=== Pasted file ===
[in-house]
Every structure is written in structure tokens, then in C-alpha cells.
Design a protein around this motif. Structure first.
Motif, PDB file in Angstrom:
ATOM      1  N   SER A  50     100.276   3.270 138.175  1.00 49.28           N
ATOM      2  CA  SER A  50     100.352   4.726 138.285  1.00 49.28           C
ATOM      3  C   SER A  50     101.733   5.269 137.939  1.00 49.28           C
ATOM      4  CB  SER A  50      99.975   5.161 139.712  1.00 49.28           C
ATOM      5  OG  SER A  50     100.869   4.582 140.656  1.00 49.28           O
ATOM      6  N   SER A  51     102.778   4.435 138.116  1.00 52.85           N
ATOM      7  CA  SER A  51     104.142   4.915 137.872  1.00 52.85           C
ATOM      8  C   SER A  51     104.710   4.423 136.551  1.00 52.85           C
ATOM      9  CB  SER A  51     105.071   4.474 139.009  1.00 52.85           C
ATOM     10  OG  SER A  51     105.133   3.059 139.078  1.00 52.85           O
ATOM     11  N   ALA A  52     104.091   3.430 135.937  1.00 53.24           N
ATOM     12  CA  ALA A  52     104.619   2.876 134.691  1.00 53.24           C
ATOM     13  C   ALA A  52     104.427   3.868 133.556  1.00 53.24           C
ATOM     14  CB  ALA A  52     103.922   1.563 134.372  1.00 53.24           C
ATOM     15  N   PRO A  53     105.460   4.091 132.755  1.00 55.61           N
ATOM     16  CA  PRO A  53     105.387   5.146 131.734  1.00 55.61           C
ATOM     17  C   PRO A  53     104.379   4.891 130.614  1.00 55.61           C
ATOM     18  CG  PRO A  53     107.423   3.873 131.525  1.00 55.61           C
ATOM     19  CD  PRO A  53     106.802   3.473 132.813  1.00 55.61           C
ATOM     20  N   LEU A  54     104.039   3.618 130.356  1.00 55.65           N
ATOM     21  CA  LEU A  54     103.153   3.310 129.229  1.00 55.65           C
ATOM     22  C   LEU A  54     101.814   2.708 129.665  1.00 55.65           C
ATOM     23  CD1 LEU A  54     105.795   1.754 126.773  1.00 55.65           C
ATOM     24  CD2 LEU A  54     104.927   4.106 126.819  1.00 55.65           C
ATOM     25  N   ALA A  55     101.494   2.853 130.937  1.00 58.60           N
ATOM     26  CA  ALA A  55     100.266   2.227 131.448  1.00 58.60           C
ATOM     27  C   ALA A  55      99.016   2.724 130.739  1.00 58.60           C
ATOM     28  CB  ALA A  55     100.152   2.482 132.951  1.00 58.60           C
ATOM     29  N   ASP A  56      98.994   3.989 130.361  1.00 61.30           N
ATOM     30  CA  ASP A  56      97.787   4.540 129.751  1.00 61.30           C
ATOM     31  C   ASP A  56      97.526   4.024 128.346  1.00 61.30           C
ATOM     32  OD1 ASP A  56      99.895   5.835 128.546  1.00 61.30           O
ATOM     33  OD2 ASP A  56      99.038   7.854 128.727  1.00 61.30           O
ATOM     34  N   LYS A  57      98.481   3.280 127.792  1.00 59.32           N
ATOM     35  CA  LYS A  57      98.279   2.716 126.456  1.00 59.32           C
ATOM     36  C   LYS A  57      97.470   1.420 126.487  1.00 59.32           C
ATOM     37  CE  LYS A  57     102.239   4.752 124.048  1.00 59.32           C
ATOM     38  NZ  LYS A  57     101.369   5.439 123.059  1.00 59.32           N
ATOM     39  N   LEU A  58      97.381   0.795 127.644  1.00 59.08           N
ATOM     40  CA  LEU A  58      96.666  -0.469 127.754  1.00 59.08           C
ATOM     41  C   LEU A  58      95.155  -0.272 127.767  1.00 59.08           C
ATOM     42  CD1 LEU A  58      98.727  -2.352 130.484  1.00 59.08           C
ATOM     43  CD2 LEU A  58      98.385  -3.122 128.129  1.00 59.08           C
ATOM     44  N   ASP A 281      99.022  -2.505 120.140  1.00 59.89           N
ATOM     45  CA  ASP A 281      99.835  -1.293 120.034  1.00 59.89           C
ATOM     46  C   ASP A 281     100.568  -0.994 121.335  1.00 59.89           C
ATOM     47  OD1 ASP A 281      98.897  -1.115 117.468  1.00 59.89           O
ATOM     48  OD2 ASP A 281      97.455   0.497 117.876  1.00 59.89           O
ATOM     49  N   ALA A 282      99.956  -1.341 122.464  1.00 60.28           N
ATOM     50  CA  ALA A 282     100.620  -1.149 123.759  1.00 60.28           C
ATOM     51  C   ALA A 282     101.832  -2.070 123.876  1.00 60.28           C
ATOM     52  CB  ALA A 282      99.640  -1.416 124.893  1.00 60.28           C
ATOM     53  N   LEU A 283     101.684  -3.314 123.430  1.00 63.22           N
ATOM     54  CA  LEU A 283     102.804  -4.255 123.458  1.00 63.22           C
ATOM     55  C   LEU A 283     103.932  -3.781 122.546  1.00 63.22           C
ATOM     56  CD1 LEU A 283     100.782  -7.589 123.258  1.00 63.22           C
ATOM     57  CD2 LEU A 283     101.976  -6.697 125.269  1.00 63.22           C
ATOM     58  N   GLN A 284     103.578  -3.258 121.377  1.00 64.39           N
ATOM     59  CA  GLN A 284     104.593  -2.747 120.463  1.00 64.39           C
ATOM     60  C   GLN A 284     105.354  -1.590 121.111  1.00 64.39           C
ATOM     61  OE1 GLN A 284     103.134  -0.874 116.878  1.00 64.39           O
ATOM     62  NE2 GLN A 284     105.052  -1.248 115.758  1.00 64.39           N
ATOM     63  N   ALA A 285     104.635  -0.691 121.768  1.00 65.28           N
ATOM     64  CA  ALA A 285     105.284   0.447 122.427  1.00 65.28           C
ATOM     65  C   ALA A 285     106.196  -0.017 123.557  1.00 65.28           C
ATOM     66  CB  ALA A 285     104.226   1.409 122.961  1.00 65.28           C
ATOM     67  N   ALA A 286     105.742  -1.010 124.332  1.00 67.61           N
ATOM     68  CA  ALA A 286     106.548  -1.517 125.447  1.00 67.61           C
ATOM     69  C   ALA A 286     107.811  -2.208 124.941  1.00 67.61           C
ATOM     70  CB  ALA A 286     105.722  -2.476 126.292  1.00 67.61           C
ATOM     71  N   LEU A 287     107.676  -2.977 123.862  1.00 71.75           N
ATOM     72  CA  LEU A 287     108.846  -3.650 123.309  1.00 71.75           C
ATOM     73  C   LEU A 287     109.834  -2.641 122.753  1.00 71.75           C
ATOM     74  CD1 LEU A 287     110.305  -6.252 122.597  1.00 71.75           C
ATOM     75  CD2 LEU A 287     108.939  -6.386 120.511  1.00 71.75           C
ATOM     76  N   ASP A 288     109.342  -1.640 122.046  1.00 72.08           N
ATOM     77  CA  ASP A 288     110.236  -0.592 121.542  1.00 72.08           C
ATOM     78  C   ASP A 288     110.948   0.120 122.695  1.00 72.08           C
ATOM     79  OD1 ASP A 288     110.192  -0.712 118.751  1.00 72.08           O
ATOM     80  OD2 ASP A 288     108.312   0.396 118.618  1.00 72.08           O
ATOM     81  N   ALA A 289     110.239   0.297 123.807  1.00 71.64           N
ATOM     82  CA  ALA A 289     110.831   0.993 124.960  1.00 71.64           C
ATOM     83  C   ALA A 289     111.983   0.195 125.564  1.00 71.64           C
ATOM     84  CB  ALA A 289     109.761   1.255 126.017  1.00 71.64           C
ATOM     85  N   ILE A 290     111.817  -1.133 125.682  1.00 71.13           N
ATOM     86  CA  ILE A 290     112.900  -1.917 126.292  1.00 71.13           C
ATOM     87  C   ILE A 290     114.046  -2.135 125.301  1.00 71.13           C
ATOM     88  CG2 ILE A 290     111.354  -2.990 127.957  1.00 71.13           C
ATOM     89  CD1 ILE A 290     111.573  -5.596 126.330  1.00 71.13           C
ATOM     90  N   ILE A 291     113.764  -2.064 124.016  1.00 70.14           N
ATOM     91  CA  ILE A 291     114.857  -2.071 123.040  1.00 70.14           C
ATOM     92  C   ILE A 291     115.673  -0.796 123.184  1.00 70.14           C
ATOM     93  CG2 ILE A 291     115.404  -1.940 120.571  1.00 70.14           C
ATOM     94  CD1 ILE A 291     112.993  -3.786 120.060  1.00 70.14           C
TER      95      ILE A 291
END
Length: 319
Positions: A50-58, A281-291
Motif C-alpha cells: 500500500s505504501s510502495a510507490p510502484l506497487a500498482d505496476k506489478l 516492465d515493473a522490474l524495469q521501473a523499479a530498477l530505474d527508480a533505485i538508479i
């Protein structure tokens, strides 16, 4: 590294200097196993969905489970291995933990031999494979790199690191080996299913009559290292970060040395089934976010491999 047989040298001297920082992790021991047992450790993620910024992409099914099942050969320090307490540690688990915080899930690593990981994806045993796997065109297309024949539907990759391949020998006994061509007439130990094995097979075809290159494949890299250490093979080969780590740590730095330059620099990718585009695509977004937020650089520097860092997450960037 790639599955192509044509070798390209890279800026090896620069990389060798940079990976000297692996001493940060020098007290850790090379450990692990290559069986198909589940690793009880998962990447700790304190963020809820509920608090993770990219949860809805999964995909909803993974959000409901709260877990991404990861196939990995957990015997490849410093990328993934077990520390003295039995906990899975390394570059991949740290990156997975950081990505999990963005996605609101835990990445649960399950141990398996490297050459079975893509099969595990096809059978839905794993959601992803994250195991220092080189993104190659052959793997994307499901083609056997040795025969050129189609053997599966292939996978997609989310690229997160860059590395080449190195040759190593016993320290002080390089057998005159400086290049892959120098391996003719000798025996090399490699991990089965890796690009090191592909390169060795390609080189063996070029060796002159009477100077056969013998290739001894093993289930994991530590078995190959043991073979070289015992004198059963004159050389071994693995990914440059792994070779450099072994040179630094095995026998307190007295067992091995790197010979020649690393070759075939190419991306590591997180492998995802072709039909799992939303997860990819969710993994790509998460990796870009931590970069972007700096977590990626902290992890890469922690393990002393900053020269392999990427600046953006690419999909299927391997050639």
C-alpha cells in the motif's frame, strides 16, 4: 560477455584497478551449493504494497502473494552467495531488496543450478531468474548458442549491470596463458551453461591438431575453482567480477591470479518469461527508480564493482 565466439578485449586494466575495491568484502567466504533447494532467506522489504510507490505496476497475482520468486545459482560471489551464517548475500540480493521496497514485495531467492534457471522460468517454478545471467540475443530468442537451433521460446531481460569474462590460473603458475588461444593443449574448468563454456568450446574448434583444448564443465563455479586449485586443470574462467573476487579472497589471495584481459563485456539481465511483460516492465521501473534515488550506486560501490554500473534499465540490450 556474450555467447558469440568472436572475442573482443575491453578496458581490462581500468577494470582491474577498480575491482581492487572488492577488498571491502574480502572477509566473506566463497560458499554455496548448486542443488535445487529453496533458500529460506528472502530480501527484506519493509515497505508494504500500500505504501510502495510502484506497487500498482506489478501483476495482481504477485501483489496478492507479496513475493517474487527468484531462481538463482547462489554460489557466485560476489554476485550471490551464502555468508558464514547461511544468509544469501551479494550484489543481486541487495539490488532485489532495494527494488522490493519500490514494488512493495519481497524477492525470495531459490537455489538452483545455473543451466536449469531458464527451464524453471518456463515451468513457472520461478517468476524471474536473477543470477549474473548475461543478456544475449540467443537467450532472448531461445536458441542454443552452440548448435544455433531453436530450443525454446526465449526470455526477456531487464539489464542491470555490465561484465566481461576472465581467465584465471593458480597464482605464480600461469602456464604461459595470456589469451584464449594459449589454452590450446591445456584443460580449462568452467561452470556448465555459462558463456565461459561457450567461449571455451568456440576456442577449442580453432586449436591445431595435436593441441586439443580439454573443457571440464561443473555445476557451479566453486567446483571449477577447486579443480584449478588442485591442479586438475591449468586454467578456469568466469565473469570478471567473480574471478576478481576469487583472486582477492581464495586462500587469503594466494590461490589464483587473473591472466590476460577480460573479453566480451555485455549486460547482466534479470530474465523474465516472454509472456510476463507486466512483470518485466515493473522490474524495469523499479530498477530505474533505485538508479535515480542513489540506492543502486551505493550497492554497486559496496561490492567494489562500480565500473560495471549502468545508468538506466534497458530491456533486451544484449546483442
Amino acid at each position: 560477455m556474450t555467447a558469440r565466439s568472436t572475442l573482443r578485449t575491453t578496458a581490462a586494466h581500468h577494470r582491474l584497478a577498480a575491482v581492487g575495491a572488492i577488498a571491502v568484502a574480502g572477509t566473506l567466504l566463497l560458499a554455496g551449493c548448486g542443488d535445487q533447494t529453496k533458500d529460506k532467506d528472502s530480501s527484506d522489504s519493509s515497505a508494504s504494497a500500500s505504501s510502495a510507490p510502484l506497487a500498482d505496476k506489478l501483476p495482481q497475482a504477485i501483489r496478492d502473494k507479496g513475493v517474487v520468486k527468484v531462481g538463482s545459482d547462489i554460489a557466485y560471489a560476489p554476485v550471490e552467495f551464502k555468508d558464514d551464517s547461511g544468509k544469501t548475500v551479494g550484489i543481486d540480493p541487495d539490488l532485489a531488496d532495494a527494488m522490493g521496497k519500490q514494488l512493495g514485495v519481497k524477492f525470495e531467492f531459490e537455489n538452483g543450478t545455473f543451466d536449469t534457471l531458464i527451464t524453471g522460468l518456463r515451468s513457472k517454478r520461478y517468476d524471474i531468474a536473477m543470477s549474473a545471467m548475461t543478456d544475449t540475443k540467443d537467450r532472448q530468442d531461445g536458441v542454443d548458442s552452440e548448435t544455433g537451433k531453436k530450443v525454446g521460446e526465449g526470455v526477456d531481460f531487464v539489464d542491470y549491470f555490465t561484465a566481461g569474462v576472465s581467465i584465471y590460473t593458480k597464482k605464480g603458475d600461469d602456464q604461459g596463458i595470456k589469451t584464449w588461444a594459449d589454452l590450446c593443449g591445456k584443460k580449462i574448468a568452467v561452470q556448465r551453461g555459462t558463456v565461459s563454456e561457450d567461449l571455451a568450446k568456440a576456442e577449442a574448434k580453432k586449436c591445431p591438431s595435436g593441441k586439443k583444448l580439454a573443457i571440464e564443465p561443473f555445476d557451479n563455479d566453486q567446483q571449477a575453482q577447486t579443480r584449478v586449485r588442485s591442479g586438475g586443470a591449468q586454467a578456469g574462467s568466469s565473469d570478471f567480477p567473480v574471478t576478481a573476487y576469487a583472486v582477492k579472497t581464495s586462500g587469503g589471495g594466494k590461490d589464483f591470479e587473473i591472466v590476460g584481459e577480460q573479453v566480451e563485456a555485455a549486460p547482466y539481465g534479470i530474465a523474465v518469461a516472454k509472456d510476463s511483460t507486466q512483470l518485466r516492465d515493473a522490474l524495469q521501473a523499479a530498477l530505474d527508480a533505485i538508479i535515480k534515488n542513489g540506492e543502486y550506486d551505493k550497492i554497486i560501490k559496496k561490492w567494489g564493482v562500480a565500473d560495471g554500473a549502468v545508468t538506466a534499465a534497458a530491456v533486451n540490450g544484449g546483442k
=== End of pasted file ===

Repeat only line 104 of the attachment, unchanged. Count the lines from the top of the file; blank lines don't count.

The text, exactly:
């Protein structure tokens, strides 16, 4: 590294200097196993969905489970291995933990031999494979790199690191080996299913009559290292970060040395089934976010491999 047989040298001297920082992790021991047992450790993620910024992409099914099942050969320090307490540690688990915080899930690593990981994806045993796997065109297309024949539907990759391949020998006994061509007439130990094995097979075809290159494949890299250490093979080969780590740590730095330059620099990718585009695509977004937020650089520097860092997450960037 790639599955192509044509070798390209890279800026090896620069990389060798940079990976000297692996001493940060020098007290850790090379450990692990290559069986198909589940690793009880998962990447700790304190963020809820509920608090993770990219949860809805999964995909909803993974959000409901709260877990991404990861196939990995957990015997490849410093990328993934077990520390003295039995906990899975390394570059991949740290990156997975950081990505999990963005996605609101835990990445649960399950141990398996490297050459079975893509099969595990096809059978839905794993959601992803994250195991220092080189993104190659052959793997994307499901083609056997040795025969050129189609053997599966292939996978997609989310690229997160860059590395080449190195040759190593016993320290002080390089057998005159400086290049892959120098391996003719000798025996090399490699991990089965890796690009090191592909390169060795390609080189063996070029060796002159009477100077056969013998290739001894093993289930994991530590078995190959043991073979070289015992004198059963004159050389071994693995990914440059792994070779450099072994040179630094095995026998307190007295067992091995790197010979020649690393070759075939190419991306590591997180492998995802072709039909799992939303997860990819969710993994790509998460990796870009931590970069972007700096977590990626902290992890890469922690393990002393900053020269392999990427600046953006690419999909299927391997050639």